Judge’s Comment: Architectural details sometimes contain great depth, while still expressing only a detail-sized portion of a building. Here the image covers a few feet of width but many feet of depth. When shooting a symmetrical structure, taking pains to create a totally symmetrical image adds to the power and satisfaction of the image; here that is done so perfectly that one needs to examine the details of the structure carefully to be sure that this image is not actually created by mirroring one half from the other. In addition to choosing the exact right spot from which to shoot, and capturing (or HDRing) a very effective exposure of all elements, the photographer also managed to choose exactly the optimal time to shoot. The person in the distance, at the focal point of the image and at the one-point perspective point, is the highest contrast element in the image, drawing the eye into the depth of the tunnel. This image shows superb control of many difficult elements in architectural photography.
Gallery Photo Detail Page


Honorable Mentions

More winning images, not presented in any order or ranking…
(click here to see the Gallery of all submitted images)

Judge’s Comment: Architectural details are often about zooming in on a tiny part of a structure and describing it in minute visual detail. Here a single porcelain door knob, and a small portion of the door and jamb, form a complete and full composition; the essence of detail. The photographer’s choice of high contrast black-and-white, to the point of eliminating virtually all grays from the image, accentuates the detail and texture of the cracked paint on the door, while at the same time accentuating the smoothness and whiteness of the porcelain knob. The highly graphic result tells a powerful story, and tells it clearly, at a glance. Tiny details, such as the screen door catch, the keyhole, and the knot in the wood play supporting roles in this small, but compelling story.
Gallery Photo Detail Page


Stephano M
“Architectural Details”
Judge’s Comment: Architectural details are often tell compelling stories about easily overlooked details. This image captures a particularly whimsical set of chimney tops. What brings it to the winner’s list is the angle, and the composition, which incorporates the chimneys with other architectural elements, with strong components in all three dimensions. It then displays all these in a well-related, dynamic group of warm components against the cool sky. Local contrast has been heightened to a satisfying, but not artificial-looking, degree. Lightening the shadows on the foreground elements would make the image even more transparent and dynamic, and could have bumped this image to a top prize position.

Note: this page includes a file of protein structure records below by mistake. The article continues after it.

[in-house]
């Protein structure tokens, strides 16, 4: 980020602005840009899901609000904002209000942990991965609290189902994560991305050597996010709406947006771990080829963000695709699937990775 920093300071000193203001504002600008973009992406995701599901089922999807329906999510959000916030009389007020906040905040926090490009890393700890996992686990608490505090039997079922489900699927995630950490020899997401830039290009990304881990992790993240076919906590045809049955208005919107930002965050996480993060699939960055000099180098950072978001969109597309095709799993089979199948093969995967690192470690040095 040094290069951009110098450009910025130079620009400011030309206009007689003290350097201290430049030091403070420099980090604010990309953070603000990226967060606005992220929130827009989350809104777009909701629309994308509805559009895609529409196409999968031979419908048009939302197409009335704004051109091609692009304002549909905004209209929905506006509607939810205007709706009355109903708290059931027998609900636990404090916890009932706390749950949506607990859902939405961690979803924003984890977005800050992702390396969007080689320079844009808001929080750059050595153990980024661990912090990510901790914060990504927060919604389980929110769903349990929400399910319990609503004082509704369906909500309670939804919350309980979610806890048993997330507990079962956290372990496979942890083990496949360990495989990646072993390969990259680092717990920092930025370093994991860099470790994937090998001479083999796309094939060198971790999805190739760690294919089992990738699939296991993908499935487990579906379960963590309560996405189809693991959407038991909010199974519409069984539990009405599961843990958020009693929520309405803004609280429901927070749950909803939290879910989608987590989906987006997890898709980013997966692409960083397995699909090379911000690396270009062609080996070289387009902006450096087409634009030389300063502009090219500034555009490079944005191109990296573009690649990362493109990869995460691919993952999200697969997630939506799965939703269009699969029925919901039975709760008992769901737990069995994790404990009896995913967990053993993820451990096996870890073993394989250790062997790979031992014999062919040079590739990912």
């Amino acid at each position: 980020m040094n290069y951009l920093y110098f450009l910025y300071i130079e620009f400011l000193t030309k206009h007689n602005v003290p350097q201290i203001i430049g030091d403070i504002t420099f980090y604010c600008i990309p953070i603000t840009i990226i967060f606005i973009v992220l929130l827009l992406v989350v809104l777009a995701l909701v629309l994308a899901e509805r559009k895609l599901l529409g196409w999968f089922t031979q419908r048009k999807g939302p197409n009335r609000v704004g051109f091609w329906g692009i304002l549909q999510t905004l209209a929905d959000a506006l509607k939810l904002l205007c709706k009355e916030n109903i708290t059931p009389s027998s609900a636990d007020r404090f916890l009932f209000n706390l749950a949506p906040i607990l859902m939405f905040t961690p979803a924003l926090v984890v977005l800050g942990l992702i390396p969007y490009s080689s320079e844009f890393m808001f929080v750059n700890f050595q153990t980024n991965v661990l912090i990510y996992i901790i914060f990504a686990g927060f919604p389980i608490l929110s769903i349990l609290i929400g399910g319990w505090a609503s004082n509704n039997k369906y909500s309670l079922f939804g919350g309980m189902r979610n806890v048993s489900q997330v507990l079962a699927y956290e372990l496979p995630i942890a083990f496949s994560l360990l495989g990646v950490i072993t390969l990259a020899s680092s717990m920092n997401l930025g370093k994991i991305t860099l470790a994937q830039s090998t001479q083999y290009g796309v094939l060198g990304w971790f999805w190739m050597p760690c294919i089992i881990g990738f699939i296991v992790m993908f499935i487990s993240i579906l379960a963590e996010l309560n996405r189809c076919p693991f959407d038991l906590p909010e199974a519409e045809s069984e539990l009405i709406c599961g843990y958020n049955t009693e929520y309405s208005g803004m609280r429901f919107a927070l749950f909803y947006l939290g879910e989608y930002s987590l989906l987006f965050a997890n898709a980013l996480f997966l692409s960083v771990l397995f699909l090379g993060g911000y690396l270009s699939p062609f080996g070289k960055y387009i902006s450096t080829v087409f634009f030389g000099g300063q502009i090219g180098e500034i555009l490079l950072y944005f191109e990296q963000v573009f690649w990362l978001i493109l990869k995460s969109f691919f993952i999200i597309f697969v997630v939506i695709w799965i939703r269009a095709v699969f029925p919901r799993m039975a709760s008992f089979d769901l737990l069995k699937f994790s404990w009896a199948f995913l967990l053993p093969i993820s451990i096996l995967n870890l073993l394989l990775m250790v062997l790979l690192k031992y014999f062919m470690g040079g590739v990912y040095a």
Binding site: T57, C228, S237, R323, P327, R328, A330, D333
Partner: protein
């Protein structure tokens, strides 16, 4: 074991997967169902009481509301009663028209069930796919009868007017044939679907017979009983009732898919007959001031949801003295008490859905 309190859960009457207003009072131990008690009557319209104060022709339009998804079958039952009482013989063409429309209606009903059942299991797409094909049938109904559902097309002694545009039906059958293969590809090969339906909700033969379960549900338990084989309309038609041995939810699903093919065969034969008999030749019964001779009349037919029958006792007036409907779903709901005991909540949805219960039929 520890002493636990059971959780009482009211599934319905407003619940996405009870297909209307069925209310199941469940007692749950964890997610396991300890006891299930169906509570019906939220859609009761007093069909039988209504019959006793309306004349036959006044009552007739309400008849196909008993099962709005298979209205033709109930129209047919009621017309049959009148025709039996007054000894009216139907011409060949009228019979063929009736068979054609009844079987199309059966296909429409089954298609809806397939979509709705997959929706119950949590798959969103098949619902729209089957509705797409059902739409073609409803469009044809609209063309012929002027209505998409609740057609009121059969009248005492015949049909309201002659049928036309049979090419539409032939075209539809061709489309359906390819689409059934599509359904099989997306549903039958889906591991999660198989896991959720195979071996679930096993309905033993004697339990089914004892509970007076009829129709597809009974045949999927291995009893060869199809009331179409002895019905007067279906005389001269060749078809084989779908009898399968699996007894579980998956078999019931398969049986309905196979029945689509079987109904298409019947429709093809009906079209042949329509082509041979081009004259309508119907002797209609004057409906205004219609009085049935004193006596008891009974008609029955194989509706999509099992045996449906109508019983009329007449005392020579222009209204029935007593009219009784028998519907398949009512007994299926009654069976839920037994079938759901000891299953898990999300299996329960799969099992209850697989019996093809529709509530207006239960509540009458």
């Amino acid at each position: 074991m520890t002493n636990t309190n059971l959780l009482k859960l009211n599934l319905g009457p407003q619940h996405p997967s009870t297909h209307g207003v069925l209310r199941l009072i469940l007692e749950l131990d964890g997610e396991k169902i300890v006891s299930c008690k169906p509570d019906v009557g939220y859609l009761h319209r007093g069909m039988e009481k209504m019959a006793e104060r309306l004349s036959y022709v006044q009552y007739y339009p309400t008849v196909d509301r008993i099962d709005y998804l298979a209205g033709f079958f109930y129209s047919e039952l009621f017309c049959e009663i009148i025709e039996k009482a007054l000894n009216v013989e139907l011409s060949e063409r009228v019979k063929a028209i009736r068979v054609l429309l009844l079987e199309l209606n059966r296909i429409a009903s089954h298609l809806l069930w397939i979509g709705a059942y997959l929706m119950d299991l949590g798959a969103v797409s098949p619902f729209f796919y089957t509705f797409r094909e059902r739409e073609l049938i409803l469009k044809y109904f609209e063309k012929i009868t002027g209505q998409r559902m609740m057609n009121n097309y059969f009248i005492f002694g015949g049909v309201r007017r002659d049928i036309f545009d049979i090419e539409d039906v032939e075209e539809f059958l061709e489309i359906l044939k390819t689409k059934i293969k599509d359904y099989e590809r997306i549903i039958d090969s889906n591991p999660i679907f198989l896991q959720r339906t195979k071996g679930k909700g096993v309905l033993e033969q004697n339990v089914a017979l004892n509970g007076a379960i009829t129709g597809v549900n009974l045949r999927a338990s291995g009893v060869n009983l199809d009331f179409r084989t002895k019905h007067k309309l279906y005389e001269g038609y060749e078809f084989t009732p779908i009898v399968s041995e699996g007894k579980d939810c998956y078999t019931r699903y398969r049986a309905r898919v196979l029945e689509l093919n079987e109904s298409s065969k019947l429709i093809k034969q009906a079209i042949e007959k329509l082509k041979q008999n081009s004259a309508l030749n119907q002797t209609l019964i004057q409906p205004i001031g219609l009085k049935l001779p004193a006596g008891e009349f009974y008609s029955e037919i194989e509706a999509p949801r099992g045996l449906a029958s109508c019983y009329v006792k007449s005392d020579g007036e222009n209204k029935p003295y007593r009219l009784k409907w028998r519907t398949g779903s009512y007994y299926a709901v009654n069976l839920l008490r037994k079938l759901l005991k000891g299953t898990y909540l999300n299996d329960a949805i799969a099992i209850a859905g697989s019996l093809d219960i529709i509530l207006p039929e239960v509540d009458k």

Gallery Photo Detail Page


Matt Heffernan
Judge’s Comment: Architectural details are often about singling out one particularly beautiful element, and then relating that element to the structure it is part of. In this image, the photographer avoided the deep focus so common when shooting architecture, and used a very shallow depth of focus to accentuate a beautifully carved handrail element, from an unusually low angle. This is then related to the rest of the winding staircase, which stands back from the handrail detail by its out-of-focus state. The off-angle of the image accentuates the sense of vertigo open staircases create. Black and white avoids distracting colors and emphasizes the graphical composition. Avoiding deep focus results in a refreshingly soft, smooth image with only the key element sharp and detailed.
Gallery Photo Detail Page


Congratulations to winners and thanks to all who participated in this extended ‘Architectural Details’ photo contest, and to our judge: C. David Tobie. Don’t forget that new “Weekly Wednesdays” contests are already live or being planned. Get in the Weekly Wednesdays photo habit!

Harald Johnson
(aka AdminHarald)

(click here for current 2013 Winners Showcase for Weekly Wednesdays contests)